yesChan <- bytes.Repeat([]byte(expletive), 100000000)
    }()

    go func() {
    defer sem.Release(2)
    os.Stdout.Write(<-yesChan)
    }()
}
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So, this must be the bomb, right? Let's see how super fast it goes....

(...suspense...)

[1.42GiB/s]

WHY? Why is it practically the same as in the previous serial operation with 100 million writes?

Well, the answer is simple: The improvement is barely noticeable, because even if coroutines are parallel operations, I/O operations are not. You cannot have two writes to the same output at the very same time. This must be a serial operation, that's why the overcomplicated goroutines code is not helping here.

Implementation 4: Bytes are our last hope

Notice that so far we have been using strings. Let's change it to bytes

yesChan = make(chan []byte)
go func() {
    defer sem.Release(2)
    yesChan <- bytes.Repeat([]byte(expletive), 100000000)
}()
go func() {
    defer sem.Release(2)
    os.Stdout.Write(<-yesChan)
}()
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Do we have any improvement? Yes! (but not a lot) [1.63GiB/s] So, working with bytes instead of strings really helped.

Implementation 5: Back to the basics

We have agreed before that we don't need the goroutines/semaphore mess, so we can bring this script back to basics:

for {
    os.Stdout.Write(bytes.Repeat([]byte(expletive), 100000000))
}
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That's all we need to achieve 1.63GiB/s!

Also, consider that your mileage might vary, because the kind of computer you use to run this also plays a role. I have tried to run other people's code reported to give about 4GiB/s and I have been getting barely the half of it, so think about that if you want to run this on your machine.

Implementation 6: Will a bytes buffer help?

Short answer: At least with my medium knowledge of it, it doesn't seem to.

for {
    b.Write(bytes.Repeat([]byte(expletive), 100000000))
    b.WriteTo(os.Stdout)
}
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That gives [1.28GiB/s]

Implementation 7: What about a proper bufio buffer?

Yes! This is the fastest I can reach with the processor and memory that I use:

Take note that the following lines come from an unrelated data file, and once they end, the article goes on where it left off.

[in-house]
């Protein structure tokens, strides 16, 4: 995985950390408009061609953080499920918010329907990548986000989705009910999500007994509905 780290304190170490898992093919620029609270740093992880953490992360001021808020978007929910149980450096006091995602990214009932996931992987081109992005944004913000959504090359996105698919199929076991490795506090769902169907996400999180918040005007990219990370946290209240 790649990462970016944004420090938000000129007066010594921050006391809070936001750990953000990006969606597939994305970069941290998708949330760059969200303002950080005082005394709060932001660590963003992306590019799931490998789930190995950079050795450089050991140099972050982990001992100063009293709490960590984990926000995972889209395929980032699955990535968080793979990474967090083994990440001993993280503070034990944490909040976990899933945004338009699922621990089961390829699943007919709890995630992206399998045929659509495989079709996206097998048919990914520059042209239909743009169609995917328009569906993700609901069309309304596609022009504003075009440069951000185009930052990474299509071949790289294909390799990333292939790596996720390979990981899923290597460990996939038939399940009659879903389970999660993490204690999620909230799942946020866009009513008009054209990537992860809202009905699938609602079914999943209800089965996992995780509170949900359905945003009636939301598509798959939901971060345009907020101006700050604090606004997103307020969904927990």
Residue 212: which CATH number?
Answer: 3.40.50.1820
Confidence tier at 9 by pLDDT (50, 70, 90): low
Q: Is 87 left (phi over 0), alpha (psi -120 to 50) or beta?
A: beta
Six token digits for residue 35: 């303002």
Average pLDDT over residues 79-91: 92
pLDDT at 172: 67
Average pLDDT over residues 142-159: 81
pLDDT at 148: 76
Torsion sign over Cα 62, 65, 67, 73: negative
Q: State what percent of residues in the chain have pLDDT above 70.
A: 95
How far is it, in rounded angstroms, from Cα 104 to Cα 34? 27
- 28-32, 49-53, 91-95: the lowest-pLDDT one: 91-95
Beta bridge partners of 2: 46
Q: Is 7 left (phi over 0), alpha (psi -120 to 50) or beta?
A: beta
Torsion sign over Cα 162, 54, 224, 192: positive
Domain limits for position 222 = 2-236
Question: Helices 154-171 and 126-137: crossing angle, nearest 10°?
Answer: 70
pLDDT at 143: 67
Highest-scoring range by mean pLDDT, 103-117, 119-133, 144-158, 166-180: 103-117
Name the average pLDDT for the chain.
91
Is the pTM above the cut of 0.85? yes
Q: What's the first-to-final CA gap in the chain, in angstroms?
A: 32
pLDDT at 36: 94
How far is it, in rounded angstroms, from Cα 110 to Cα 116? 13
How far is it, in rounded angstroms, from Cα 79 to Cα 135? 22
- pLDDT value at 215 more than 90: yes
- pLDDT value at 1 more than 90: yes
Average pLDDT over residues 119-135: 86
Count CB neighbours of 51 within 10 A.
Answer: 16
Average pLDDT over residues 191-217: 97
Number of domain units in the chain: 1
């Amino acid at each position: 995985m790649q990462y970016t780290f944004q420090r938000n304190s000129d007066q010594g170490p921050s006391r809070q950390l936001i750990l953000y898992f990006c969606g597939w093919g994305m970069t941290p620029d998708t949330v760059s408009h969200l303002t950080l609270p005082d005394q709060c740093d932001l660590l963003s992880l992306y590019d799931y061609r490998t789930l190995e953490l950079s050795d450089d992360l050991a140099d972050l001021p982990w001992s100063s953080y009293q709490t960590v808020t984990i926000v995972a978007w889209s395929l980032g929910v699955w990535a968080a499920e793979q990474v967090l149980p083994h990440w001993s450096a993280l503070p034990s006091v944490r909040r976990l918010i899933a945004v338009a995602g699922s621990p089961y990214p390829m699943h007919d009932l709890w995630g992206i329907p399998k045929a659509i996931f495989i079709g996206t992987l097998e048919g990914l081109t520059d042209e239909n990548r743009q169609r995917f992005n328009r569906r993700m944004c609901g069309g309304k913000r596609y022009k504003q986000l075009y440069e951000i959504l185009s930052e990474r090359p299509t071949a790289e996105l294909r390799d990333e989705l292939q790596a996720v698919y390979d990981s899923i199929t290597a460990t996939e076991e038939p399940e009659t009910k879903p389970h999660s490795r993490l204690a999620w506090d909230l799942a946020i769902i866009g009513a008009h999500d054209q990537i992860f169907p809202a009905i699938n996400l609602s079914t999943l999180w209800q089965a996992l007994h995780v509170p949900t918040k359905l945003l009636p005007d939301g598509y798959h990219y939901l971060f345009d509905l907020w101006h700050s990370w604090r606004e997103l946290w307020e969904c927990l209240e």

for {
    f := bufio.NewWriterSize(os.Stdout, 8192)
    f.Write(bytes.Repeat([]byte(expletive+"\n"), 100000000))
}
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This gives [1.73GiB/s] I have been unable to achieve more so far, if you have a hint to make this better, let me know.

Full version of implementation 7 (the fastest)

This is the full code. Most of it is boilerplate related to the command line flags, the meaty part is very small.

package main

import (
    "bytes"
    "github.com/urfave/cli"
    "os"
    "bufio"
)

func yes() *cli.App {
    app := cli.NewApp()
    app.Name = "yes"
    app.Usage = "yes outputs expletive, or, by default, ``y'', forever"
    app.Action = func(c *cli.Context) error {
    expletive := c.Args().Get(0)
        if expletive == "" {
            expletive = "y"
        }

        for {
            f := bufio.NewWriterSize(os.Stdout, 8192)
            f.Write(bytes.Repeat([]byte(expletive+"\n"), 100000000))
        }
    }
    return app
}

func main() {
    app := yes()
    app.Run(os.Args)
}

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Further reading

Discussion

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juancarlospaco profile image
Juan Carlos

Nice read, interesting exercise on the post.

import strutils
proc main() =
  while true: echo static("y\n".repeat 10_000_000)
when isMainModule: main()
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Nim version, 2 Gb/s, not code golfed.

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rubenwap profile image
Ruben Sanchez Author

Interesting! I have just edited because I found a tweak to make it slightly faster, but I am still far from the speeds reported in the linked posts.

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juancarlospaco profile image
Juan Carlos

Probably the garbage collector may be struggling a little,
Nim can use the Go GC and it feels slower sometimes.